John Hutson’s – 50 years dancing at the Hall

Memorial Hall History …..John Hutson


I have been running a Ballroom & Latin American dance school at the Memorial Hall in South Woodford for about 50 years. I am now in my ‘senior years’ & still going strong.

I was introduced to dancing originally when I was a very young man & attending Wanstead High School. Having started  tuition there, I enjoyed it so much that Ie carried on with lessons after I left school.

As a young I had originally been working with a dance school in Wanstead, but the building was sold & demolished to make way for a new block of flats.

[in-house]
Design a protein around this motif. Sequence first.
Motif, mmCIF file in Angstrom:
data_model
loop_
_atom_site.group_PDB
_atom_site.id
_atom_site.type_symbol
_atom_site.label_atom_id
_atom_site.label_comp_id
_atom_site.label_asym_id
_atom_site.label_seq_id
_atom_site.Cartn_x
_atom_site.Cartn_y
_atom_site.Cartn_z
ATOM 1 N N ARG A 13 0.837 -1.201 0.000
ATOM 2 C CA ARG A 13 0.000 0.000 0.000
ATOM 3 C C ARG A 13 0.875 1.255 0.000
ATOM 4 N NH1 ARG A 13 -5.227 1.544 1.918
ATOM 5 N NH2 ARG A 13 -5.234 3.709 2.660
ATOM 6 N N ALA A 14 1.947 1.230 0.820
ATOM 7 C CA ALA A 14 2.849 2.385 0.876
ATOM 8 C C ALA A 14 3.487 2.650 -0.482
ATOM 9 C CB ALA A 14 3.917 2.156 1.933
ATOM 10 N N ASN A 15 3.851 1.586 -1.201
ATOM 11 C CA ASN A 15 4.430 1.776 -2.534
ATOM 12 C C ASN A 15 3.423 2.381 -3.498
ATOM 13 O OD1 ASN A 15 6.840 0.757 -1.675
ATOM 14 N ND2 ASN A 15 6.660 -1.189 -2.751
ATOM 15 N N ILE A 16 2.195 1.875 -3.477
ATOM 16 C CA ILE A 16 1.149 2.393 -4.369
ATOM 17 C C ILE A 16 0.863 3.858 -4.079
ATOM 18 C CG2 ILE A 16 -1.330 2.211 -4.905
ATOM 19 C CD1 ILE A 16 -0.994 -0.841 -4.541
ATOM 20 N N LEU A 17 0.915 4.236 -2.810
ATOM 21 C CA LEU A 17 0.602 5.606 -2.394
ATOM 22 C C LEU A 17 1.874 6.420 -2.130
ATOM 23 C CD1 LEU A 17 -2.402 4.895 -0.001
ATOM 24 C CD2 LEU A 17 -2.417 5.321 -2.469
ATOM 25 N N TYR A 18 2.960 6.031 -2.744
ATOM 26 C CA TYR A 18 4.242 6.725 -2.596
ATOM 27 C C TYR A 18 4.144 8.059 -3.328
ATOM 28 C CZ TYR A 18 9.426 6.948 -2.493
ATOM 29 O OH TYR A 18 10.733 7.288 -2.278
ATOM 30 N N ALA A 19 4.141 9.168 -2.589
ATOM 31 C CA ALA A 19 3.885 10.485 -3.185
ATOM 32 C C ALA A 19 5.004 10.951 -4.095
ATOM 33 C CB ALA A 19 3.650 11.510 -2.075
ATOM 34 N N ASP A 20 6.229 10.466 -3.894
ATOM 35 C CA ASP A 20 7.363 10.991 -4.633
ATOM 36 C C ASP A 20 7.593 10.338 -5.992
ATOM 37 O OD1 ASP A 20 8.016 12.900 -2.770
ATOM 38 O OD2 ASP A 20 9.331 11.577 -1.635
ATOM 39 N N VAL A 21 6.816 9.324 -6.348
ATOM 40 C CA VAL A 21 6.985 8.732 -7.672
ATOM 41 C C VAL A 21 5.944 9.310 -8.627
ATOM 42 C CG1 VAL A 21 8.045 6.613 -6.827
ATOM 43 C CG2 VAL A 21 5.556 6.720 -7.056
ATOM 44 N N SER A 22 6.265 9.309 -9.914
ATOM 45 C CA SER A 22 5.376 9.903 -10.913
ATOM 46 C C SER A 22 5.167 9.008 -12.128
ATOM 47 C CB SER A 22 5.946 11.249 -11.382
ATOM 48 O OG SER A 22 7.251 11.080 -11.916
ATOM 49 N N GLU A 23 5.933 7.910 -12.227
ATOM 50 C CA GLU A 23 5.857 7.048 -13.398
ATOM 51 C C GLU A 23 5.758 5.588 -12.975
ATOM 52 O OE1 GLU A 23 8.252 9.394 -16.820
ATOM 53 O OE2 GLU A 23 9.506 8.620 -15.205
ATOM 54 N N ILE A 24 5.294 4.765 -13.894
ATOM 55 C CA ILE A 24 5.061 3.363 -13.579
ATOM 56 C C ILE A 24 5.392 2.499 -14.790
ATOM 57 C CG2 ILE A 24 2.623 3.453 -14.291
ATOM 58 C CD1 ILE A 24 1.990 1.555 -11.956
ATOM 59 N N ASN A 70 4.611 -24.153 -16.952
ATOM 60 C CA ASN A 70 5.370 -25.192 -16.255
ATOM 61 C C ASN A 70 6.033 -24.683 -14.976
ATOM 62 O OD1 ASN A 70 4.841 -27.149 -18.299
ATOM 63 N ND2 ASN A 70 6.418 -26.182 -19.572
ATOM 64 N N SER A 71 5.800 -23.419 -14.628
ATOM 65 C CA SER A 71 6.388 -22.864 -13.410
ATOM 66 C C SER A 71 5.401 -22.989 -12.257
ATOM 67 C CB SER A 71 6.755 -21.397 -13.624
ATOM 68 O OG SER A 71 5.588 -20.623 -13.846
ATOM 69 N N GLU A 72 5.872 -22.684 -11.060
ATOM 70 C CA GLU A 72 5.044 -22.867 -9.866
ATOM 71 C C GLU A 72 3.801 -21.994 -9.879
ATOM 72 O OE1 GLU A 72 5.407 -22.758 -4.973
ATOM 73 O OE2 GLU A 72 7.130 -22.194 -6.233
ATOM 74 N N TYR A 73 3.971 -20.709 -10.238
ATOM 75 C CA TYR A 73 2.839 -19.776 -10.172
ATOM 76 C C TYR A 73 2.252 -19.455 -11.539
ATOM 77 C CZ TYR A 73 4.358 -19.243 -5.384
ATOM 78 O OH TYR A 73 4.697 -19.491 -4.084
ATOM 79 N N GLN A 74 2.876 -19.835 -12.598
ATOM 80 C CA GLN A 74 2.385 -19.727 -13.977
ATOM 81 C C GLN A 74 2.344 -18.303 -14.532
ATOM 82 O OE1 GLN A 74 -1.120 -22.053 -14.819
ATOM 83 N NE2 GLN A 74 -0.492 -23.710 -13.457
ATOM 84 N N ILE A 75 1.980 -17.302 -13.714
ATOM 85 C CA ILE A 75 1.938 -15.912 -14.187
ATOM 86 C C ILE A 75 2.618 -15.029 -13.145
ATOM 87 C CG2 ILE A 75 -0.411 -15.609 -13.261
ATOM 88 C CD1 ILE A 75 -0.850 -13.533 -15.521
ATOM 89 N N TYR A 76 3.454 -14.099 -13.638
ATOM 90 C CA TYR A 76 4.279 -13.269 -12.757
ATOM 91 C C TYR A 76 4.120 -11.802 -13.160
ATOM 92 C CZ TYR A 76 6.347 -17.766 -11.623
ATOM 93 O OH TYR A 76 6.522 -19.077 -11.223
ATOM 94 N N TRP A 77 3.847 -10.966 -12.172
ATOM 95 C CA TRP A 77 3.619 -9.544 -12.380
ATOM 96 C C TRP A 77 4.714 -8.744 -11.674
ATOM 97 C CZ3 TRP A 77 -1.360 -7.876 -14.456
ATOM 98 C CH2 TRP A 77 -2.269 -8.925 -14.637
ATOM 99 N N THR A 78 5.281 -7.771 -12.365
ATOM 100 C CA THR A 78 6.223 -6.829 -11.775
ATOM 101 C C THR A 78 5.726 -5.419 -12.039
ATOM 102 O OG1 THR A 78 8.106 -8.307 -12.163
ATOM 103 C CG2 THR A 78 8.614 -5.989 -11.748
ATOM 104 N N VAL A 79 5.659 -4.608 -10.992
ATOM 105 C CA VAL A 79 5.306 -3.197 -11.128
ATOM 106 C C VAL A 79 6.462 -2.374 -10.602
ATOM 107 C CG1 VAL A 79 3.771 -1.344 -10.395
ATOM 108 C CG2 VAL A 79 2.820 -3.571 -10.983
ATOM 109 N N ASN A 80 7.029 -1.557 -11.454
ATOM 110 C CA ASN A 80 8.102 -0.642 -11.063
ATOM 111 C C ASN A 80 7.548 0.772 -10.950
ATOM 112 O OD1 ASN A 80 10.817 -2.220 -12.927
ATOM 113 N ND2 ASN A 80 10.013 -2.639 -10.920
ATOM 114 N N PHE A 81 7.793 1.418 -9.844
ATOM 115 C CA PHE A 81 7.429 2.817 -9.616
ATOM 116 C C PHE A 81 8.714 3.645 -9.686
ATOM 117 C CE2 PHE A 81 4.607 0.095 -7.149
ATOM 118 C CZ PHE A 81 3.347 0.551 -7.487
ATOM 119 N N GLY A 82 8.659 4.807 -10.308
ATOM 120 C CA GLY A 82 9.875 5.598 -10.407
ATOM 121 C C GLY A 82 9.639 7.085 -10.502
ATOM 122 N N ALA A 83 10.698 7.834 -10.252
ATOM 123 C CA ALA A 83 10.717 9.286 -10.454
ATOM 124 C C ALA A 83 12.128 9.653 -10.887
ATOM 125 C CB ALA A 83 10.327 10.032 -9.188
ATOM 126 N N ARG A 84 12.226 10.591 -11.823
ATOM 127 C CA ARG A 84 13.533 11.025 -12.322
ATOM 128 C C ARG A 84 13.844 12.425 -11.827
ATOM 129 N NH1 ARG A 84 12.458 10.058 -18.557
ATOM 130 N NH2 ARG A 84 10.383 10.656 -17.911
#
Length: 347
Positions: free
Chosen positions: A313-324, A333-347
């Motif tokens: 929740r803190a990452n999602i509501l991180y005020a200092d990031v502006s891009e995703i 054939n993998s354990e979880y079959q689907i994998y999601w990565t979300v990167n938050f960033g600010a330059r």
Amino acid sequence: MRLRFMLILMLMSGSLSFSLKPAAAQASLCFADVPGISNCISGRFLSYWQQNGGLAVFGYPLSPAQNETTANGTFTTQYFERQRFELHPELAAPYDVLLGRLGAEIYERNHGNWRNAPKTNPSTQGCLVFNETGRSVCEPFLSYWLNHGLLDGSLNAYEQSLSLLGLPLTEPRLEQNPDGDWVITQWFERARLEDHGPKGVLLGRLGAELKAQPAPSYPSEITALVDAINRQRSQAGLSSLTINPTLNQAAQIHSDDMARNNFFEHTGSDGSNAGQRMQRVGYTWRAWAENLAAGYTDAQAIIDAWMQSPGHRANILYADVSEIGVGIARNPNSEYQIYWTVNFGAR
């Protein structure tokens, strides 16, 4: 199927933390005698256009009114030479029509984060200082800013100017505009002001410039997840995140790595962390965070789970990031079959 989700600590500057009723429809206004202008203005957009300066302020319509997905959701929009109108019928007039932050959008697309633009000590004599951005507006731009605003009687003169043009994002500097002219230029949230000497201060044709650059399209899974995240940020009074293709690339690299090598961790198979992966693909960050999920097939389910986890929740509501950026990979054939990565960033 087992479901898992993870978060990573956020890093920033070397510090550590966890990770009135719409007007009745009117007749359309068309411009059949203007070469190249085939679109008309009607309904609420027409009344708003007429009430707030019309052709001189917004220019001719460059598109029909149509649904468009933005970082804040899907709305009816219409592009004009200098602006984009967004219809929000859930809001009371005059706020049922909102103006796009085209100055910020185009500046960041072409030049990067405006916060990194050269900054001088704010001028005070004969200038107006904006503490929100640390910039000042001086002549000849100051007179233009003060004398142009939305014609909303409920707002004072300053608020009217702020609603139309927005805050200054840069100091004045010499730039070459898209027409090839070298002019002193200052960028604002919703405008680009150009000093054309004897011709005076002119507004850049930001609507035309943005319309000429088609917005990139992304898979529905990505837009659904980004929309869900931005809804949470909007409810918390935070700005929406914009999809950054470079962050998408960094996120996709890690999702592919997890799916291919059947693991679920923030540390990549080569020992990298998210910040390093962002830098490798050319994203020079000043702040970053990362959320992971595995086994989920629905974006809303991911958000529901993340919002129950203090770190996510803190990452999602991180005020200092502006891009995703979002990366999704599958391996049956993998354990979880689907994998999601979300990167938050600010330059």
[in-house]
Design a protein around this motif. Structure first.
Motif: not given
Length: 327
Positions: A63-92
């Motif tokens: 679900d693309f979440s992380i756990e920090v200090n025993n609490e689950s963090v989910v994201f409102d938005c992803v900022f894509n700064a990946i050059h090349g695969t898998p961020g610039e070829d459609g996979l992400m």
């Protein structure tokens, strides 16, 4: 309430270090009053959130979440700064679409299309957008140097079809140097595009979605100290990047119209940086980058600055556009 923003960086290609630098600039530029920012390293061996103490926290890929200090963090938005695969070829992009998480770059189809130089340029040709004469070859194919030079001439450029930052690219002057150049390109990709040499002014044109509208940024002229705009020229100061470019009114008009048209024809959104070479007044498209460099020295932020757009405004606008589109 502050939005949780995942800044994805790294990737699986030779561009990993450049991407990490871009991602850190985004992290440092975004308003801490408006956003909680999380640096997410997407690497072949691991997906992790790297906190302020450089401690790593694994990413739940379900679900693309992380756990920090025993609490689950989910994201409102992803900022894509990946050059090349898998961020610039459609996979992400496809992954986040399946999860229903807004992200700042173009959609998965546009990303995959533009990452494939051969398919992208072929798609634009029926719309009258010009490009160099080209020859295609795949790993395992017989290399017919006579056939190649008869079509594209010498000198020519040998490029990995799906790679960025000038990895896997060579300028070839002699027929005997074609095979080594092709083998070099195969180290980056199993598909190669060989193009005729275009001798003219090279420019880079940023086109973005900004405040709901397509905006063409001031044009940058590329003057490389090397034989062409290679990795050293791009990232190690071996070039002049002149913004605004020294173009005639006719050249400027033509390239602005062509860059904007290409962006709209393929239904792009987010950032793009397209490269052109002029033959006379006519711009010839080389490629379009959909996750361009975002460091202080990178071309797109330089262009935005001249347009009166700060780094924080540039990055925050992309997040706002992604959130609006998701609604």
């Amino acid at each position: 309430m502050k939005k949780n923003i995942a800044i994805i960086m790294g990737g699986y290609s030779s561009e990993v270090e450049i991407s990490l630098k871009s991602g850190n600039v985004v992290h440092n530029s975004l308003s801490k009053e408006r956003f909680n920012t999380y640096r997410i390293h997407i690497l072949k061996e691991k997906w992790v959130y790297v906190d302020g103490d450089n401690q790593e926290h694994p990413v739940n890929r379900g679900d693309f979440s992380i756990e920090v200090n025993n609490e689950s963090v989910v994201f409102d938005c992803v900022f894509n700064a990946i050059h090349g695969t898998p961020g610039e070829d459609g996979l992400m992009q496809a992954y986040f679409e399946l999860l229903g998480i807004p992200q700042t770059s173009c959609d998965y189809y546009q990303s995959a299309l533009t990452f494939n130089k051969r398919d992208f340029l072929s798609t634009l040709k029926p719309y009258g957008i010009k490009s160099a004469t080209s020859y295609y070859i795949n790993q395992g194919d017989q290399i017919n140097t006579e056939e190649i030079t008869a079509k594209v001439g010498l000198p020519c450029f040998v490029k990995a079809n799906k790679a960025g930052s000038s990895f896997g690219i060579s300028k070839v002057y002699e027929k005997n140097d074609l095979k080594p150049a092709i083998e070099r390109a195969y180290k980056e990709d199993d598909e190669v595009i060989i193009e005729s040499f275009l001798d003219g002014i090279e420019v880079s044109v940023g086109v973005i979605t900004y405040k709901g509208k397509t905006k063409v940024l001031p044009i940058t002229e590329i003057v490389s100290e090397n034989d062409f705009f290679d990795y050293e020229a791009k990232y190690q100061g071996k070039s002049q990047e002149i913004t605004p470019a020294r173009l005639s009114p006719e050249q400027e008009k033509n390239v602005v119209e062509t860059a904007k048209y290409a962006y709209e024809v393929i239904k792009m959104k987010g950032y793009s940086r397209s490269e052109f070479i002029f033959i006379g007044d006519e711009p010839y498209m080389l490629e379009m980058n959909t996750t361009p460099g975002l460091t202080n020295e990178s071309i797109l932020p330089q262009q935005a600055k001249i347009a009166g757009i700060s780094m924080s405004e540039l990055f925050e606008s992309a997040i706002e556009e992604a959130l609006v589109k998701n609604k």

I then switched to working in a hall attached to  St Phillip & St James Church in South Woodford ,which was also subsequently demolished , when construction of the A406 took place.

Using the Memorial Hall as a base for the dance school came about originally because, having previously attended one or two events there I found it to be a rather pleasant place. Enquiries were made & it transpired that there was suitable space vacant & so I moved  the dance school there.

Later on, when I was 52 years old, I was offered the chance to take early retirement from mys office job & this led to the opportunity to spend more time developing the dance school.